Elk Grove Mayor Steve Ly last week was accused of making contradicting statements to separate media outlets regarding local women who allege that they were harassed by his associates or supporters.
Ly, who is seeking his third term as mayor, became America’s first Hmong mayor when he was elected in 2016.
He has continuously denied allegations that he had associates harass people, and has stated that he does not condone anyone who engages in disrespectful and harmful behavior toward women or people, in general.
In a media statement issued on Aug. 7, Ly expressed sympathy for those who claim that they were harassed.
“Over the past few weeks, I have had time to reflect on the disturbing and unacceptable incidents experienced by women in our community,” he said.
“They have spoken out about being harassed, intimidated and bullied. I believe them and acknowledge their pain. I am deeply sorry for the pain and suffering they have endured.”
Among the women who accused the mayor of sending his associates to harass them is Elk Grove School Trustee Bobbie Singh-Allen.
She also accused the mayor of misleading the Hmong community by saying certain comments to American media outlets and providing contradicting comments on the same issues to Hmong language media outlets.
“It has been made clear now by a court accepted translation that Mr. Ly says one thing to the community at-large and his colleagues in the council and another when he speaks to Hmong media,” she said. “In English, he says he believes the women’s stories of harassment. In Hmong, he dismisses them as just political attacks. Which one is it, Mr. Ly?”
The Bobbie Singh-Allen for Mayor campaign last week released Hmong TV transcripts that were translated by Junhui Joo, a translator based in Los Angeles.
This translator, which reviewed Hmong TV media interviews with Ly from Aug. 21 and 25, reported that Ly said the following words about Singh-Allen in an interview on Hmong USA TV:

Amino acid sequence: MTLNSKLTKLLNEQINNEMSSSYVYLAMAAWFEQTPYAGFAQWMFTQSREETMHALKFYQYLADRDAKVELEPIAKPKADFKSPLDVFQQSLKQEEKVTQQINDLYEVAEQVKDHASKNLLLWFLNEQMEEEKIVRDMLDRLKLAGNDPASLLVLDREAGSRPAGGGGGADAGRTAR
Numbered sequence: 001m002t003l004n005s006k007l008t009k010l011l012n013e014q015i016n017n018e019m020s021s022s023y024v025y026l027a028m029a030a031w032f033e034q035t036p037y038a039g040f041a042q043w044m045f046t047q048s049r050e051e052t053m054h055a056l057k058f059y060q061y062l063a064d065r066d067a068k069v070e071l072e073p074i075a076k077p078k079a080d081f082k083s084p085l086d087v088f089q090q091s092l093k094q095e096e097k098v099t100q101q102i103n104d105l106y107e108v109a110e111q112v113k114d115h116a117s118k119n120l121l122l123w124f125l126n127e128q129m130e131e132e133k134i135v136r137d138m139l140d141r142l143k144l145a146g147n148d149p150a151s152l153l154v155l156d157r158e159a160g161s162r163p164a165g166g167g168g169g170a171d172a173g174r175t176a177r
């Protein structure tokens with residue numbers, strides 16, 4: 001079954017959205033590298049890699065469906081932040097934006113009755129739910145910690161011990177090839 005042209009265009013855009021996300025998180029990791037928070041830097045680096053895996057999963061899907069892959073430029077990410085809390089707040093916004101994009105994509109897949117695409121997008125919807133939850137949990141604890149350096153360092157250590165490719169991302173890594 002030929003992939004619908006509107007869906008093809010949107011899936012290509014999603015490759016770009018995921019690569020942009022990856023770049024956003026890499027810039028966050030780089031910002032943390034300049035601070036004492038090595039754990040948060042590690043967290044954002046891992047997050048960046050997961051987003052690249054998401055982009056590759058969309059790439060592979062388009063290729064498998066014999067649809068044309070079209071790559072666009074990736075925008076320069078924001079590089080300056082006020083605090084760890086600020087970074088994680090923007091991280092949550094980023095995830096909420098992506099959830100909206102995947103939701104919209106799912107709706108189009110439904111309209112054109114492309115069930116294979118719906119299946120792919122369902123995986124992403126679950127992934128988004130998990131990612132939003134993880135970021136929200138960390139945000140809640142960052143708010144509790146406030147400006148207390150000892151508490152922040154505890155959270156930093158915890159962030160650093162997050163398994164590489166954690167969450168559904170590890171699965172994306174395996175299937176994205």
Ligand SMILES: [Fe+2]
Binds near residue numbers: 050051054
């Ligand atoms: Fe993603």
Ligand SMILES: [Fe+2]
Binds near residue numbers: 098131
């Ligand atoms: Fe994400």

“It is only part of my opponent’s political campaign to accuse me, so I do not need to come out and solve this problem,” he said. “What I want to tell you all is that the rumor is not real. This is the truth, and please understand that it is only political. The rumor is a lie, and I need to defend myself.”
In a review of the other Hmong media interview, on 3HmongTV News, the same translator noted that Ly referred to the harassment allegations against him as “baseless accusations.”
Responding to these translations, Singh-Allen posed the question, “Would the real Steve Ly please stand up?”
“Does he believe the stories of harassment by Singh-Allen, (Elk Grove School Trustee Nancy) Chaires Espinoza, (Cosumnes Community Services District Director Jaclyn) Moreno and many others or not?” she asked.
In a Sept. 8 interview with the Citizen, Ly was asked if he made statements to the Hmong media that contradicted what he said to American media.
“That’s not true,” he said. “If they had a qualified and capable interpreter, they would see that what I said (to the Hmong) media would be consistent with what I said (to the American media).”
Ly told the Citizen that he had two people translate the same Hmong TV media interviews and compare them to Joo’s English translations.
“I wanted an accurate and fair interpretation,” he said. “Regarding these interviews, I’m not going to participate in conjecture or smear tactics or petty name calling. If interpreted properly, it would have been abundantly clear that my message was consistent with what I have been saying all along.”
One of the people that Ly used to translate his interviews with the Hmong TV outlets was Dr. Muaj Lo, who Ly described as a court interpreter coordinator and trainer with the Ramsey County District Court in St. Paul, Minnesota.